Sermon Manuscript: An Uncommon Appeal
We all know the pain of broken relationships. Wouldn’t you agree with me? There isn’t a person in this room that has not experienced a divided relationship. As early as childhood, we know what it’s like to get into a squabble on the playground. We all know what’s like to have a friendship that goes sour because of something that was said or done. Some of us know what’s it’s like have a roommate that drives you insane, and you simply can’t get along. And if you’ve ever been married you know that no marriage is immune to hurt feelings or moments of tension. Unfortunately, some in here know the devastation of divorce.
There’s a common denominator in this—in all broken relationships. Maybe you call it irreconcilable differences. Or perhaps lack of communication. Maybe even an unwillingness for someone to give in. I call it sin. You see, something happened between Genesis 2 and Genesis 3 that has colored all of life. Adam and Eve used to walk in harmony with God. The Bible says they were naked and not ashamed. Meaning there was authenticity, openness, and intimacy with each other and with God. But in Genesis 3, Adam and Eve are no longer walking with God in open fellowship. Instead, they’re hiding from him. They’re trying to conceal themselves. It was their sin—their offense against God—that fractured their relationship with Him, and each other. And as long as we still live in the brokenness of this world, we will continue to experience the brokenness of relationships.
Let me ask you: what did you do the last time someone wronged you? What did you do the last time someone hurt your or offended you? What’s your default response? Perhaps you try to get even. Maybe you go your separate ways. Or perhaps you try to ignore the offense. And instead of dealing with it you allow yourself to grow bitter and resentful.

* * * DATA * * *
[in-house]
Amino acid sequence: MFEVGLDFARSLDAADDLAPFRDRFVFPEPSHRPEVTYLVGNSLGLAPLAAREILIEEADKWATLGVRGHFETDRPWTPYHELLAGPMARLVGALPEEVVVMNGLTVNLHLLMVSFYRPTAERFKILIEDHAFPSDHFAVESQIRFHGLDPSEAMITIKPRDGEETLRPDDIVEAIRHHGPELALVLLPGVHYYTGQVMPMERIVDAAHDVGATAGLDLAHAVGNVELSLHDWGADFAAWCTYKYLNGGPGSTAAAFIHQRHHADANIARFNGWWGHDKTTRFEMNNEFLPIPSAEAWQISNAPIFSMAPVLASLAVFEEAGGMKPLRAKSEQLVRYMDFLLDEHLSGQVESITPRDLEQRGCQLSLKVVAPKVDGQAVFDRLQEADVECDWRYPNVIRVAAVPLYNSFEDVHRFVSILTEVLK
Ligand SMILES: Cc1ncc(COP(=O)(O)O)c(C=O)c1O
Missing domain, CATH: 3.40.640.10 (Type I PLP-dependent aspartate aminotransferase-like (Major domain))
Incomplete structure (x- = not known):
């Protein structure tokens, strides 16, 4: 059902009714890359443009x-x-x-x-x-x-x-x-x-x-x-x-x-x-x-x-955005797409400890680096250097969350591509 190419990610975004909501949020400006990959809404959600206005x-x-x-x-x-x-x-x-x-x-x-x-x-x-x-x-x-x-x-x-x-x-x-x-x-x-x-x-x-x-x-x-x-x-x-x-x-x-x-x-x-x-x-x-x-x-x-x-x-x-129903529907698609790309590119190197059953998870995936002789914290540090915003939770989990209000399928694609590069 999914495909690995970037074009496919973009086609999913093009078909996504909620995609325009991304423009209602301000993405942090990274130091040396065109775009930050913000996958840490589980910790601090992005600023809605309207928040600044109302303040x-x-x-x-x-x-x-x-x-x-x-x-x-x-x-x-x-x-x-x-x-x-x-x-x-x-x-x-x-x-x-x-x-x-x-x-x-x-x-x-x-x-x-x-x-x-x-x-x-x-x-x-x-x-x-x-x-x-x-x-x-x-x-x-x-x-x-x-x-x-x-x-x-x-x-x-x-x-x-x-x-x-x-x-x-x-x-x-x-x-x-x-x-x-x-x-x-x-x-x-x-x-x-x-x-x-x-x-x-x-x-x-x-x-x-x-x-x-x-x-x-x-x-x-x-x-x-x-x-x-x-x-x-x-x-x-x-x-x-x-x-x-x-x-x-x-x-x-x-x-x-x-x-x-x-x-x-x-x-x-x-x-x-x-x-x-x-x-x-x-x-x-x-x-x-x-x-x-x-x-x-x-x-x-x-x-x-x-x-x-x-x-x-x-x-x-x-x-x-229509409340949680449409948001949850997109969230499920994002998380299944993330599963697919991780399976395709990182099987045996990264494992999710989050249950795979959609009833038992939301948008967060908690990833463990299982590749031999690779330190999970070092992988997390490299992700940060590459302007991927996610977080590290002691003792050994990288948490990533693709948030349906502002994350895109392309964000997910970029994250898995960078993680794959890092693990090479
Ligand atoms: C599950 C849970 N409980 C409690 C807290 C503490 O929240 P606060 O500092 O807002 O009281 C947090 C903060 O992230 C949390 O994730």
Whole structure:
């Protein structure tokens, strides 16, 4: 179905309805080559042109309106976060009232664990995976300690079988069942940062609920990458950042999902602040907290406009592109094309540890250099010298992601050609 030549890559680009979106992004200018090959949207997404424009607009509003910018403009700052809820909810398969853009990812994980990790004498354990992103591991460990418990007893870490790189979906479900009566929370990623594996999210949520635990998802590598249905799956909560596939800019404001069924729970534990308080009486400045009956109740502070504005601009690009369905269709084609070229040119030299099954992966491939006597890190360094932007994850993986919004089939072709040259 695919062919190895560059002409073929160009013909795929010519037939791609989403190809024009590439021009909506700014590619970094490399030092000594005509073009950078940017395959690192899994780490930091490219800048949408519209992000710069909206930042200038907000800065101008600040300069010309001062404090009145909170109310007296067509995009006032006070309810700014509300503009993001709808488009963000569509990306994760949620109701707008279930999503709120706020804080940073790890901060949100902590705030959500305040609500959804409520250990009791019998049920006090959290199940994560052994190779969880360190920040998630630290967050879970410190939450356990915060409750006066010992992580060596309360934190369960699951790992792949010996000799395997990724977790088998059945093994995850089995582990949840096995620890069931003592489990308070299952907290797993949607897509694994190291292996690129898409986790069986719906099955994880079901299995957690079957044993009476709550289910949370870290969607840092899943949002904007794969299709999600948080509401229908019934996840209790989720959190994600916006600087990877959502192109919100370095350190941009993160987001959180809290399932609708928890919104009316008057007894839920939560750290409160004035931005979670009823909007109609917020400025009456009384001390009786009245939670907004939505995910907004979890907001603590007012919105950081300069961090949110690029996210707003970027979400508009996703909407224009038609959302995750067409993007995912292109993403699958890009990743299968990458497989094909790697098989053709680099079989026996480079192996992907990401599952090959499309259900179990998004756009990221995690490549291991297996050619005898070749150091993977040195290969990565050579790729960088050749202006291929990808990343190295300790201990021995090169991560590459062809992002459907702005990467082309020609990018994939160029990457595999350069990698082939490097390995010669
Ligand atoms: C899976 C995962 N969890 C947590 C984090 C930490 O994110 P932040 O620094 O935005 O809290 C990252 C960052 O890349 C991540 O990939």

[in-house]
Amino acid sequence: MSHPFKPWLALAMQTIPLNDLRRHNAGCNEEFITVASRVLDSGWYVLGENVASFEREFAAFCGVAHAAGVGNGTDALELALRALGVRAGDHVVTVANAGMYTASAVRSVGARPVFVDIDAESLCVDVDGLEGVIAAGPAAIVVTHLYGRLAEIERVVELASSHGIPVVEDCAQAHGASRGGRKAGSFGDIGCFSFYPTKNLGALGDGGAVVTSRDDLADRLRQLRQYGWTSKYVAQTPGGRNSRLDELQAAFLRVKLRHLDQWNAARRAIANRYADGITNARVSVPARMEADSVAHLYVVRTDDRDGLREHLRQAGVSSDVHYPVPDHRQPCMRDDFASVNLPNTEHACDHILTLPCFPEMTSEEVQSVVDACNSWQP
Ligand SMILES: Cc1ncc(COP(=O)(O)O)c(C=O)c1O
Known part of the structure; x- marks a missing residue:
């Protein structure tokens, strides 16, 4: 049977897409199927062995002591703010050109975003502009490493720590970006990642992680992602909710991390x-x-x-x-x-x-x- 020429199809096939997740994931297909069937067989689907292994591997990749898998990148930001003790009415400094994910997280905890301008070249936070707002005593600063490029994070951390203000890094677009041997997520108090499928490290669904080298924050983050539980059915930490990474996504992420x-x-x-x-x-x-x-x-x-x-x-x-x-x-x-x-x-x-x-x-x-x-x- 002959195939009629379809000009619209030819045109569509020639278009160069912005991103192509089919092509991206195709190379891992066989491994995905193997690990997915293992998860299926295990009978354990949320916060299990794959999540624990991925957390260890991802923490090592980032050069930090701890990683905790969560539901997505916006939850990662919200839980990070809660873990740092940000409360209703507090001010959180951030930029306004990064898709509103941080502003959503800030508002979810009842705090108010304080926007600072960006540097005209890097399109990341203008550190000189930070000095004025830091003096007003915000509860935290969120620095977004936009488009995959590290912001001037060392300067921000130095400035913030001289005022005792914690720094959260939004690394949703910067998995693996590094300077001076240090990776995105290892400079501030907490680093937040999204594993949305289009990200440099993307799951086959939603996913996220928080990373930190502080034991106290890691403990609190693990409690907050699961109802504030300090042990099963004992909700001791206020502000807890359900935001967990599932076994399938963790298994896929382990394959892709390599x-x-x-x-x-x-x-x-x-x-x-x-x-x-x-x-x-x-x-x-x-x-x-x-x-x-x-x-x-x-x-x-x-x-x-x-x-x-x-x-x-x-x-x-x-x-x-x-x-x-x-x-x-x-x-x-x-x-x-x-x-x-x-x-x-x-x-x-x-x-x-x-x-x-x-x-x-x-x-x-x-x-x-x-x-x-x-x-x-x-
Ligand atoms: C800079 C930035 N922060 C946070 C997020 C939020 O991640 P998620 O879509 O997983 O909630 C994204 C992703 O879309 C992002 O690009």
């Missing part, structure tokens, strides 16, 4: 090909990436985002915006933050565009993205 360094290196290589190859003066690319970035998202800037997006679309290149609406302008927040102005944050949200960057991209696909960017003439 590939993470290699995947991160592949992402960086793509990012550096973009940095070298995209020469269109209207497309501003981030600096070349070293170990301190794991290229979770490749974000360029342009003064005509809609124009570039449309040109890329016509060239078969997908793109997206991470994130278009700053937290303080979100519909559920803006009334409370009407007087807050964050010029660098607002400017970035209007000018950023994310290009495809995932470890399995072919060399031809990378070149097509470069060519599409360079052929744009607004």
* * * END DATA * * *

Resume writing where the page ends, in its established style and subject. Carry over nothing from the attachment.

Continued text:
What if you’re on the other side of things? If you’re the one who caused the offense, how quick are you to apology? How well do you own your own sin against others? When someone confronts you, do you become defensive and dismissive?
At some point or another, each one of us is a “Philemon.” We’ve been wronged by someone else. And at some point or another, each of us is “Onesimus.” We’ve been the offender. And of course, many a times we find ourselves so deeply entrenched in conflict, that we find ourselves in both places. But if we want to have healthy relationships, there must also be reconciliation. Sin is never just a personal matter, it’s relational. If you’re not committed to reconciliation in your everyday relationships, one day you’ll wake up a very lonely person. The good news, however, is that the gospel has the power to change all of that.
We come to the small letter of Philemon this morning. And it’s a letter that tells an uncommon story about reconciliation and forgiveness. We want to spend this week and next, exploring one basic truth before us: The gospel not only changes us, it changes our relationships. The gospel, when encountered, reconciles us to God. But it also has the power to reconcile us to each other. It changes the way we handle conflict, the means by which we forgive others, and the very foundation from which we approach our relationships.